CHIAVARI, Italy – Since this blog post was actually scheduled for Easter Sunday, the plan was to offer a photo essay of Chiavari, something easy on the eyes, and easy on the brain. A sort of walk around town. The original idea was to try and counter the fact that somewhere along the way, France managed to appropriate the name ‘Riviera’, leaving the Italian Riviera somewhat of a forgotten territory in the eyes of the traveling public. The French are very clever that way.
That fact was really brought home when I announced that I was moving to Chiavari, and people starting saying….. where? Of course everyone knew that I had lived in Liguria before, in Nervi, a small section of Genova, actually the very last part of Genova before you stepped beyond the city limits and into the tiny borgo of Bogliasco. But Nervi had Genova as part of its name, and so it seemed more accessible somehow, even if I had never been there and actually seen the place.
|Easter Week - Baskets of Daisies Appeared on Every Corner|
I had chosen Genova by looking at a map spread out on my dining room table, long before I actually packed my bags and left the States. It is a fairly large city, I like cities, and it was a city on the sea. Perfect. Besides, it was only 1.5 hours from Milan and 1.5 hours to Turin, so if things didn’t work out in Genova, I could always move.
|The Market was Full of Flowers|
But then something happened. I fell in love – with Liguria. This place I had never heard of turned out to be spectacularly beautiful. It took my breath away. It was more than just the blue Mediterranean Sea, more than the giant cactus and soaring date palms, more than the sheer beauty of the pastel colored buildings, more than the narrow alleys, carruggi in Genovese dialect, and even more than the amazing food – it was the sum and total of all the parts. And it still is. Then life kicked in and I was off to Milan. A job as editor of The Informer Magazine and later for Women's Wear Daily were in my future.
|'Take my picture,' said the Flower Seller, 'I'm the Prettiest One of All.'|
When I made the decision to move back to Liguria, the question once again became – where. This time the choice was a lot easier. Now I knew the area and I was able to narrow the selection down to three towns: Santa Margherita Ligure, Rapallo or Chiavari. Of the three, Chiavari was my first choice, and even though it was a challenge to find an apartment here, I’m glad I stuck to my guns.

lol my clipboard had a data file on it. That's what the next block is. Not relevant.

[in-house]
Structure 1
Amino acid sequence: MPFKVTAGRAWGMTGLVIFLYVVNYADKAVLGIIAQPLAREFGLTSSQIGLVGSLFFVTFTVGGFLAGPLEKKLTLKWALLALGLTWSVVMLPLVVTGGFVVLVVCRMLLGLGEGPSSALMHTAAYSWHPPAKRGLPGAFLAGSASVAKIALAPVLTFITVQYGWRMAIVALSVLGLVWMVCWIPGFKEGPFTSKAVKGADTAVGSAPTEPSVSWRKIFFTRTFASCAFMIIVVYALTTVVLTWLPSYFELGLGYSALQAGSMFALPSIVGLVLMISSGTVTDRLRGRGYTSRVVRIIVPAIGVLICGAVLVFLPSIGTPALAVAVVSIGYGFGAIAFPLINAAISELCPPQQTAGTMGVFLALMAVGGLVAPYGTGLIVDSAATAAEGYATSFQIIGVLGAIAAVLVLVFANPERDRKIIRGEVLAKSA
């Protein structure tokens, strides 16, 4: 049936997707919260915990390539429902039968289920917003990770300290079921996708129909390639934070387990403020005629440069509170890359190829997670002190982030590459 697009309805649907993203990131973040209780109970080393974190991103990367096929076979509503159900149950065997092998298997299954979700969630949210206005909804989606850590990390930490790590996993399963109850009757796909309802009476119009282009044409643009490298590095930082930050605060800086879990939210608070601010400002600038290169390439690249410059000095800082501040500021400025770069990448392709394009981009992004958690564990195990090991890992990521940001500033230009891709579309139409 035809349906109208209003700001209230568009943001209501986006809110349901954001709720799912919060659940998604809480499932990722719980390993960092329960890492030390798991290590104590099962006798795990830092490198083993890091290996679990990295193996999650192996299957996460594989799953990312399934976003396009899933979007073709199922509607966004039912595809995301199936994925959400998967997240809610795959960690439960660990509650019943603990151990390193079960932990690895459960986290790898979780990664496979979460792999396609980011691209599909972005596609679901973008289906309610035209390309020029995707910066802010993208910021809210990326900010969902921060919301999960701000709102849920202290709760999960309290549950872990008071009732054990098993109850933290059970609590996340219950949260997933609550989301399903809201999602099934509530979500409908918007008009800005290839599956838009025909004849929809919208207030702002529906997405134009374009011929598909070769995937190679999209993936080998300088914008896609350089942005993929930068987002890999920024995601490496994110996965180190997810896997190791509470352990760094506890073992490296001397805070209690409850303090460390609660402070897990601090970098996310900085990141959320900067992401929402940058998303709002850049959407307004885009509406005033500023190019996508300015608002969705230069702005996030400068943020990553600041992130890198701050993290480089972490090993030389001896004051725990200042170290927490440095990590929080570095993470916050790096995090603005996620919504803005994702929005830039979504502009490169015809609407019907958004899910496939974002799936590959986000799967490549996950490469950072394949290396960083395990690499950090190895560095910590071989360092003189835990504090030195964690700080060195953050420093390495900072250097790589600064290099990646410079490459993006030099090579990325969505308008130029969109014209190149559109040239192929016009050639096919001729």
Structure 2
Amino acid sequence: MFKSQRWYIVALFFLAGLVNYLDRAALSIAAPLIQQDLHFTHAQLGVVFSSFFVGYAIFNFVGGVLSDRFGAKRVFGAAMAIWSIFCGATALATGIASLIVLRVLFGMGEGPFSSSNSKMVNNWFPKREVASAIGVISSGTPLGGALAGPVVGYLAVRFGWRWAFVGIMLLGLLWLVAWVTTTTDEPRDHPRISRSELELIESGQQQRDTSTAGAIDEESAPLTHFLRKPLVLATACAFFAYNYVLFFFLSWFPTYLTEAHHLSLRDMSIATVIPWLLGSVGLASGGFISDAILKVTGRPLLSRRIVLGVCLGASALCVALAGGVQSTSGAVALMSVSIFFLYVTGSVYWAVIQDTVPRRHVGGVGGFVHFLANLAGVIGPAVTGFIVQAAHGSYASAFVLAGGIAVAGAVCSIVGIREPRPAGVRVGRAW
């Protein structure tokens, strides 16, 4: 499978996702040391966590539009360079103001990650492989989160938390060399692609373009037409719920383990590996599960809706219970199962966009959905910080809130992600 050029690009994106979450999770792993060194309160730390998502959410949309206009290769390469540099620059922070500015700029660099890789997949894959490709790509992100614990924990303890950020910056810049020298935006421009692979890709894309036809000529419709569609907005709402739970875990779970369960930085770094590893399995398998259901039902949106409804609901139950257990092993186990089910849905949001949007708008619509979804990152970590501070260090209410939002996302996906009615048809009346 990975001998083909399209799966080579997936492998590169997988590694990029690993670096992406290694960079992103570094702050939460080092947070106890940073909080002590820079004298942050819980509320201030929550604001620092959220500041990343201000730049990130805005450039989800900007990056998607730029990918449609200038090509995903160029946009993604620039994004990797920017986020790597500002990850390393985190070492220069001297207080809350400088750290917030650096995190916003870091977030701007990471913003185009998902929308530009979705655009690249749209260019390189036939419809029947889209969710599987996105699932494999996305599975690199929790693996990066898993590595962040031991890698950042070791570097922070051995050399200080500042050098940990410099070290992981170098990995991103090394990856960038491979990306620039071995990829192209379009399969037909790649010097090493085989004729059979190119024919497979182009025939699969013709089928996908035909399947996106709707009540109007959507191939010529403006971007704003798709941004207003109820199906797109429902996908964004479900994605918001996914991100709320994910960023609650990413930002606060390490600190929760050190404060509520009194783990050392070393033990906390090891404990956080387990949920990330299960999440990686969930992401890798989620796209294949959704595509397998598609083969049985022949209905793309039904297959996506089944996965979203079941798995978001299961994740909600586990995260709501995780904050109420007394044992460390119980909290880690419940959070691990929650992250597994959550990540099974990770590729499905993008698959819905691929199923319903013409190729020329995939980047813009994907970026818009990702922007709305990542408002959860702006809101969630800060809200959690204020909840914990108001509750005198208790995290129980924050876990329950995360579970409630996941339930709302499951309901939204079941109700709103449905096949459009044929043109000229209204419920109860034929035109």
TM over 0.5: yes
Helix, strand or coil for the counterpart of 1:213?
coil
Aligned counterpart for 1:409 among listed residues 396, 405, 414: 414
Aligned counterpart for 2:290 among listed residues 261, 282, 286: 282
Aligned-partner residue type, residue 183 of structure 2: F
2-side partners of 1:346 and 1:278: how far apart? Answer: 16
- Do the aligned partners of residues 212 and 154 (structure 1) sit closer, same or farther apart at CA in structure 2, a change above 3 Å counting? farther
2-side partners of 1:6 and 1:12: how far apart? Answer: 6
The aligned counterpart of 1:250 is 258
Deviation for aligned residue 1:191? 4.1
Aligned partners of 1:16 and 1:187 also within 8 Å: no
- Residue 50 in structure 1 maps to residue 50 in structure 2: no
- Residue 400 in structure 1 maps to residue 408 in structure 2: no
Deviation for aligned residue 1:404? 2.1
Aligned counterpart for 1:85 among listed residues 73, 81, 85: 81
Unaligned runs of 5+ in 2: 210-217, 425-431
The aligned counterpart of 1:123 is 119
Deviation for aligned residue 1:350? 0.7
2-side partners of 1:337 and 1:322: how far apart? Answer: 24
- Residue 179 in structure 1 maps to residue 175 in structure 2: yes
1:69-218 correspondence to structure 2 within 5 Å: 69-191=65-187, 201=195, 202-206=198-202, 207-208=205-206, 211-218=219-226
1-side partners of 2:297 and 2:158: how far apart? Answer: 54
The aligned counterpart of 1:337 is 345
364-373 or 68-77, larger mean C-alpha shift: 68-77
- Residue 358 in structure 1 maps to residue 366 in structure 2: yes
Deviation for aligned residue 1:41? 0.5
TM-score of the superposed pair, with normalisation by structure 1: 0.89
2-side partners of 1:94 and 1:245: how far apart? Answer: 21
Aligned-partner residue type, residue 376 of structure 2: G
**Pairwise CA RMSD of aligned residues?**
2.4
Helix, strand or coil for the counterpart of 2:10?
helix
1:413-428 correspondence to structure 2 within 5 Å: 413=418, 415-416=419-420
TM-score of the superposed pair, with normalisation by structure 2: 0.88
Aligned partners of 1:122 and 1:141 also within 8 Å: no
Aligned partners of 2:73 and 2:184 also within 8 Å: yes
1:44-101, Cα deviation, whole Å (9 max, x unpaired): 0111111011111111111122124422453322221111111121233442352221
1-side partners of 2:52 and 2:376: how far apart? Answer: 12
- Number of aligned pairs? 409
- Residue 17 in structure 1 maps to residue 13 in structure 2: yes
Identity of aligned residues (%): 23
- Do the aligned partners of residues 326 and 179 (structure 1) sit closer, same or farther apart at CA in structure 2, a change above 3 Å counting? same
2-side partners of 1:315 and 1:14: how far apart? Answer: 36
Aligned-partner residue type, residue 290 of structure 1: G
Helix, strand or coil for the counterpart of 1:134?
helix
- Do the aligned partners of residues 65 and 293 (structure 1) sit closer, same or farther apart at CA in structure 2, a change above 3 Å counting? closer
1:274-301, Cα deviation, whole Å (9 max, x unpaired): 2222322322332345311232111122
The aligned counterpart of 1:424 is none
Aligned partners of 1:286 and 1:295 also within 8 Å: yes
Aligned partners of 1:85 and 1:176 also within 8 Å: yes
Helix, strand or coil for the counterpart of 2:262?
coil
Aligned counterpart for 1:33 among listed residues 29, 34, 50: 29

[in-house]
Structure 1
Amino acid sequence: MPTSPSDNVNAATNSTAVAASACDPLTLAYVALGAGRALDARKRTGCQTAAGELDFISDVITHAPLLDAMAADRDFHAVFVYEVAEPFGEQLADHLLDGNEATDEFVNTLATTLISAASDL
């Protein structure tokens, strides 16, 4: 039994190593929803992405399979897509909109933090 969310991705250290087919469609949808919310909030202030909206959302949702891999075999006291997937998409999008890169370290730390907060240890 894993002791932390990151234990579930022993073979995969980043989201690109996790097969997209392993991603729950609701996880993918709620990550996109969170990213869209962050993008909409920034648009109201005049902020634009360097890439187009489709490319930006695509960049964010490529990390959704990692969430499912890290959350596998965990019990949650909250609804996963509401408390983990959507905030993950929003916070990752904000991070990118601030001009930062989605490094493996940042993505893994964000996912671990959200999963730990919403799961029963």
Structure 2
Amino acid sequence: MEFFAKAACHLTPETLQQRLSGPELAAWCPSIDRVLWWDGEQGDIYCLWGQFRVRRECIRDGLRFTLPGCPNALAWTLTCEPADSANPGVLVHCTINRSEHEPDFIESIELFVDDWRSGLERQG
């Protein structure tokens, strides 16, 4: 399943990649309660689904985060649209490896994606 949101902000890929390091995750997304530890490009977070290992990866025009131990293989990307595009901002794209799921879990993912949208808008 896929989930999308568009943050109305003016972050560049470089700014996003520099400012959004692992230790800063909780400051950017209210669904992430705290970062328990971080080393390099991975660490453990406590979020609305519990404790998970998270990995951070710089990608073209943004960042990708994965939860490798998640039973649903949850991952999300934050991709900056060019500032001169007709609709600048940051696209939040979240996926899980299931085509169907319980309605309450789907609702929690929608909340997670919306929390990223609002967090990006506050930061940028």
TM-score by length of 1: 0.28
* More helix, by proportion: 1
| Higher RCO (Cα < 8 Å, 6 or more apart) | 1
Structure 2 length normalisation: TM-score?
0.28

|One of the Shops on the Caruggio Diritto|
Chiavari is an old city, a city that developed on the traces of a Roman camp. A pre-Roman necropolis dating from the 8th to 7th centuries has been found here. The city center was established in the 1100’s and many of the buildings date from that period. The city has kept its soul and I’m happy to say there isn’t a fast food restaurant (without mentioning any names) anywhere in sight.
|A Charming Piazza I Discovered Yesterday|
The streets of the historic center are protected by miles of porticoes. Some are newer than others. The ones near my apartment date from the 1400’s, and I confess that there are times when I’m walking down the street, I actually get the feeling I’m going to look up and see Christopher Columbus coming around the corner.
|Around the Corner From the Piazza|
The warren of narrow, covered alleys, with their stone pavements and mysterious, out of the way corners, stole my heart faster than any hill town in Umbria, or piazza in Milan ever could. The even smaller alleys that connect the main streets are hardly ever more than dark stony slits so narrow you have to walk single file to get from one end to the other.
|The Doors Do Double Duty at this Shop|
No cars can enter them, so they are always pure scenery - or rather wedges of scenery, because they never give you more than a glance or a glimpse of what’s to come. And often what you find when you come out of their shadows is a perfect Renaissance square bubbling with life.
|Hanging Out Along the Seafront (January 2013)|
There are still a lot of things to see in Chiavari, places to go, stories to discover, but they are not the kind of stories you discover in a weekend, or even a week. I have a feeling my rambling days are over for this ramble is going to take a while. And you know, I think I’m going to enjoy every minute of it.
|And every day, the street cleaners on their bicycles, make the town all clean and shiny again.|